Efficient and Cost-Effective

My twenty (20) years plus experience in bankruptcy matters enables me to quickly identify the tasks to be completed and to begin work on your case. I provide a complete package of services and handle all paperwork. You, the client, will always receive copies of all the important papers filed in your case. Most of the papers filed on your behalf and by other parties in your case are filed electronically. My office will always send you electronic copies of all the documents I filed on your behalf with the Court. I appear with you at the required meeting(s) with the trustee, the Bankruptcy Confirmation hearing(s) and will assist you through the entire process. At our first meeting, if you choose to retain me to file a Bankruptcy case on your behalf, the fees will be set out in writing and agreed upon by both of us, before you become indebted for attorney’s fees. 

The Bankruptcy Discharge

Generally, unsecured debts like credit cards, personal loans, cellular telephone bills, utility bills, medical bills, checking lines of credit and tuition (but NOT guaranteed student loans), are dischargeable.  Subject to many exceptions that I will explain to you, certain income taxes may be dischargeable, but sales taxes and withholding taxes are generally not dischargeable.

Will I lose my home if I file for Chapter 7 and receive a discharge?  The answer is no.  In fact, the policy of bankruptcy law is to protect home ownership.  The theory is that if people get rid of unsecured debt, they are more likely to stay current on their mortgages and not lose their homes through foreclosure.  The mortgage lien on your home will survive the bankruptcy, however, so it is very important that after you file for bankruptcy that you pay the mortgage company according to your original promissory agreement.  If you are behind on your mortgage payments when you file for Chapter 7, you will need to catch up on your back payments owed to the mortgage company, otherwise you could lose your home.  If you find that you are just too many months behind on your mortgage to catch up within a short period of time after you file for Chapter 7, then Chapter 13 bankruptcy might be the best solution for you.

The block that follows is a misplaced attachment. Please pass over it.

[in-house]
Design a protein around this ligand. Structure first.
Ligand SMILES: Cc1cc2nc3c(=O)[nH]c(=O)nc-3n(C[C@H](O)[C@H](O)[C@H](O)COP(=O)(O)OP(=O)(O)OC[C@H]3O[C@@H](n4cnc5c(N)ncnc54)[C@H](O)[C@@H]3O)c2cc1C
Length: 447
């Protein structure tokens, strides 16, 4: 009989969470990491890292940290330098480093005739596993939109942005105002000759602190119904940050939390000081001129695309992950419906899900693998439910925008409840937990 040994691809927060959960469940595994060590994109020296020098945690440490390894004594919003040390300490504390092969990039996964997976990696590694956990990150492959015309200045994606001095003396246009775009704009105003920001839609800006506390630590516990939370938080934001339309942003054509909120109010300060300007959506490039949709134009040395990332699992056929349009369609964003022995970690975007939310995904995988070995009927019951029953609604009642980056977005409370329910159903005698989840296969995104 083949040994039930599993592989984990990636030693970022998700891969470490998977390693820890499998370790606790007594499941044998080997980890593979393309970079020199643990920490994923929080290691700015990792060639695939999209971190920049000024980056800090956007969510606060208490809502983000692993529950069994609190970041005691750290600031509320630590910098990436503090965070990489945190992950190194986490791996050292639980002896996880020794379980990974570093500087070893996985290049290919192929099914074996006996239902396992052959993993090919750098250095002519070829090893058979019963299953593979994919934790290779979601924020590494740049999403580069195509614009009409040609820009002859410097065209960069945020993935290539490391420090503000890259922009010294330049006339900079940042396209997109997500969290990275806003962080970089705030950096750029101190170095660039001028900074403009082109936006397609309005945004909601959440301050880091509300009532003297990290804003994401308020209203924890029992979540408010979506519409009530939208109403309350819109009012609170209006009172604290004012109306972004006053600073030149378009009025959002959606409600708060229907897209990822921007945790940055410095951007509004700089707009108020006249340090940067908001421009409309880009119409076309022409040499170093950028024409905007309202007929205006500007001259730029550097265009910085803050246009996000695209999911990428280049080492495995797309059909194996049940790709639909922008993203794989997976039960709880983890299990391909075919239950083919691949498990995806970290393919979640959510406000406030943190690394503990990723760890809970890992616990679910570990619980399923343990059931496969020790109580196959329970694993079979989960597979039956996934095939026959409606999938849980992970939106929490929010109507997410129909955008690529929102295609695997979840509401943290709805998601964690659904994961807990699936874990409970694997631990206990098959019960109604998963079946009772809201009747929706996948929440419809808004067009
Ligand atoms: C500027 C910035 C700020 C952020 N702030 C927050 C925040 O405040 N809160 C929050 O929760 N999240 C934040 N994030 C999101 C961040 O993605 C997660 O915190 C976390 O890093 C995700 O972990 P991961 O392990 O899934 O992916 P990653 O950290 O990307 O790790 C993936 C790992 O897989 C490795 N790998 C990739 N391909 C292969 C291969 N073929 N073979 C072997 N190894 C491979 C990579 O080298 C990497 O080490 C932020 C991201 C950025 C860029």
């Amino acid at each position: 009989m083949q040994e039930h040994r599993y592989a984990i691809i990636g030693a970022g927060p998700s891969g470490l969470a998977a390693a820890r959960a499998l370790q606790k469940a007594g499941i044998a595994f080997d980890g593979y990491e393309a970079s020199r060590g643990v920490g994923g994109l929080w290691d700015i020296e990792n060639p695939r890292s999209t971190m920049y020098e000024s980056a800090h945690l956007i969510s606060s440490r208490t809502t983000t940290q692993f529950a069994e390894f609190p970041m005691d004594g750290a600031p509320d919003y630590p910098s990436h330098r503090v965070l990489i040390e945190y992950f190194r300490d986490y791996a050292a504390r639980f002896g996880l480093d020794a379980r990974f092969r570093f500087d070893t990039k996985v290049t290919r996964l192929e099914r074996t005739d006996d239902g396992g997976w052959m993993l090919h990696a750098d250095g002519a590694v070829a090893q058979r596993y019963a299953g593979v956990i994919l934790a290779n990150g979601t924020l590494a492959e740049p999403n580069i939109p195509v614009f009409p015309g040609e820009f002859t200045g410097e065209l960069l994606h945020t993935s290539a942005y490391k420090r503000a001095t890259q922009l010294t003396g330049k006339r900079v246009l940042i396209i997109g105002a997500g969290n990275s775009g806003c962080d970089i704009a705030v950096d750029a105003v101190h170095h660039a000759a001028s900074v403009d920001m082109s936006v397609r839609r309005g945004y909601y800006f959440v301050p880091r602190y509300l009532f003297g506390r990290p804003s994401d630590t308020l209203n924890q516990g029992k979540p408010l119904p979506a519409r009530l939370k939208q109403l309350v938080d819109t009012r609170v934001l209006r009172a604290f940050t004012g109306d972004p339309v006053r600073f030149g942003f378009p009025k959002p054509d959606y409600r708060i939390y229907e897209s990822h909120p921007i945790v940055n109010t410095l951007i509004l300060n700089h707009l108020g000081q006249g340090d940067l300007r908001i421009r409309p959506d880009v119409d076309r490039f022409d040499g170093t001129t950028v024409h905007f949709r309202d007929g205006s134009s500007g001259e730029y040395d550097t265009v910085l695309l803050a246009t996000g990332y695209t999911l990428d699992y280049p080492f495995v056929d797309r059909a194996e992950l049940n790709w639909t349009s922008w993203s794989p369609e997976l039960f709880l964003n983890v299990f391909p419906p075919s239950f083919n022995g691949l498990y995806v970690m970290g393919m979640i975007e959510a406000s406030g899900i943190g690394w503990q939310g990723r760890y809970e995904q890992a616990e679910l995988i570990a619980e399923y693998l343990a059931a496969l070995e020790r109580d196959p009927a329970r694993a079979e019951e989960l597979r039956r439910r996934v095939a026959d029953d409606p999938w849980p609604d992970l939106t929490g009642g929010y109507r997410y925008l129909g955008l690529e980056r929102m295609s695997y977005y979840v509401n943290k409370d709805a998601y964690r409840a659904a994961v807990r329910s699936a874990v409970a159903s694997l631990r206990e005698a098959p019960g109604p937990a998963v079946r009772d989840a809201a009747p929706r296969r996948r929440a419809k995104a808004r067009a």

Will I lose my car if I file for Chapter 7 bankruptcy?  The answer is usually "only if you want to lose the car."  Under New York Bankruptcy exemption law, you are allowed to keep one automobile per debtor worth $4,000.00 or less above liens.  That means that if your car is paid off and it is worth $4,000.00 or less, you can keep the car without any problems.  Even if the car is worth substantially more than $4,000.00, the Federal Exemptions may provide an exemption of a motor vehicle up to $16,400.00, if you do not elect the homestead exemption.  If you still have payments to make on the car, and you believe it is in your best interest to keep it, creditors very often permit debtors to "reaffirm" the debt obligation for the car.  That means you continue to make payments for the car under the terms of the original agreement until it is paid in full.  You normally pay no extra in terms of interest rate or monthly payment to keep the car, and when it is paid off, the creditor must issue a "lien release."  I will examine your case from every angle and determine which available exemption best protects your interests in the bankruptcy case and discuss with you whether it is in your best interest to reaffirm any debt obligation. 

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Phone Consultation

(585) 546-7410

Office Location

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  • 45 Exchange Street,
  • Suite #532
  • Rochester,
  • NY 14614